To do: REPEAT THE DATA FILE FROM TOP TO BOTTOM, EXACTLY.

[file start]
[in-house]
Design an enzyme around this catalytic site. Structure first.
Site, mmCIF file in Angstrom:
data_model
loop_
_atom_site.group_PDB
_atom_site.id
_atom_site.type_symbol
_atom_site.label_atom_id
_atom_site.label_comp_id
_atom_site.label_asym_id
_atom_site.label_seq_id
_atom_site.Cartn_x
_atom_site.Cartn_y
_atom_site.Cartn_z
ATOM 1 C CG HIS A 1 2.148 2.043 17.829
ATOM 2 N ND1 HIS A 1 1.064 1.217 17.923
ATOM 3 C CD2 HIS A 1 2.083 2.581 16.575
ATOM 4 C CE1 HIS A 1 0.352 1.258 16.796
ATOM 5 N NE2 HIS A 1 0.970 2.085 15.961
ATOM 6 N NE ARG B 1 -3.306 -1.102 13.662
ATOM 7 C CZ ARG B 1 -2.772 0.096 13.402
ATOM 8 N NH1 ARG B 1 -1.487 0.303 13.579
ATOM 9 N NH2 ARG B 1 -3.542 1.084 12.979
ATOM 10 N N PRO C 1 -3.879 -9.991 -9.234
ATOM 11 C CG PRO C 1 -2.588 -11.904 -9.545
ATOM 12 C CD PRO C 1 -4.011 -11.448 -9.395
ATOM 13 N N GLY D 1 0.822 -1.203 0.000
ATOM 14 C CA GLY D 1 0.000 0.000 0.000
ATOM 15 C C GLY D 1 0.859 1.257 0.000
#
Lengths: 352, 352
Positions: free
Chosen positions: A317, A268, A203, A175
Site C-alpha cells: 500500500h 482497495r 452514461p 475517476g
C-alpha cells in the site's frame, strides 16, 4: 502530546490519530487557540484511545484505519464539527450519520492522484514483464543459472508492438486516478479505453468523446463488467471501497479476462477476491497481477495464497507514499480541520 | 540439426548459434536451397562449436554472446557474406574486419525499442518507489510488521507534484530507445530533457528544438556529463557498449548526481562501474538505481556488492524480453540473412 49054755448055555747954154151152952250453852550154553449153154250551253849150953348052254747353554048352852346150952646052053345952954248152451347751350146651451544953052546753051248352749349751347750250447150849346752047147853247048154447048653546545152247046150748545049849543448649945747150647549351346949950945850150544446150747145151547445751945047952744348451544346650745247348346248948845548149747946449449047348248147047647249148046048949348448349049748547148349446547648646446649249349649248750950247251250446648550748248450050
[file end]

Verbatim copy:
[in-house]
Design an enzyme around this catalytic site. Structure first.
Site, mmCIF file in Angstrom:
data_model
loop_
_atom_site.group_PDB
_atom_site.id
_atom_site.type_symbol
_atom_site.label_atom_id
_atom_site.label_comp_id
_atom_site.label_asym_id
_atom_site.label_seq_id
_atom_site.Cartn_x
_atom_site.Cartn_y
_atom_site.Cartn_z
ATOM 1 C CG HIS A 1 2.148 2.043 17.829
ATOM 2 N ND1 HIS A 1 1.064 1.217 17.923
ATOM 3 C CD2 HIS A 1 2.083 2.581 16.575
ATOM 4 C CE1 HIS A 1 0.352 1.258 16.796
ATOM 5 N NE2 HIS A 1 0.970 2.085 15.961
ATOM 6 N NE ARG B 1 -3.306 -1.102 13.662
ATOM 7 C CZ ARG B 1 -2.772 0.096 13.402
ATOM 8 N NH1 ARG B 1 -1.487 0.303 13.579
ATOM 9 N NH2 ARG B 1 -3.542 1.084 12.979
ATOM 10 N N PRO C 1 -3.879 -9.991 -9.234
ATOM 11 C CG PRO C 1 -2.588 -11.904 -9.545
ATOM 12 C CD PRO C 1 -4.011 -11.448 -9.395
ATOM 13 N N GLY D 1 0.822 -1.203 0.000
ATOM 14 C CA GLY D 1 0.000 0.000 0.000
ATOM 15 C C GLY D 1 0.859 1.257 0.000
#
Lengths: 352, 352
Positions: free
Chosen positions: A317, A268, A203, A175
Site C-alpha cells: 500500500h 482497495r 452514461p 475517476g
C-alpha cells in the site's frame, strides 16, 4: 502530546490519530487557540484511545484505519464539527450519520492522484514483464543459472508492438486516478479505453468523446463488467471501497479476462477476491497481477495464497507514499480541520 | 540439426548459434536451397562449436554472446557474406574486419525499442518507489510488521507534484530507445530533457528544438556529463557498449548526481562501474538505481556488492524480453540473412 49054755448055555747954154151152952250453852550154553449153154250551253849150953348052254747353554048352852346150952646052053345952954248152451347751350146651451544953052546753051248352749349751347750250447150849346752047147853247048154447048653546545152247046150748545049849543448649945747150647549351346949950945850150544446150747145151547445751945047952744348451544346650745247348346248948845548149747946449449047348248147047647249148046048949348448349049748547148349446547648646446649249349649248750950247251250446648550748248450050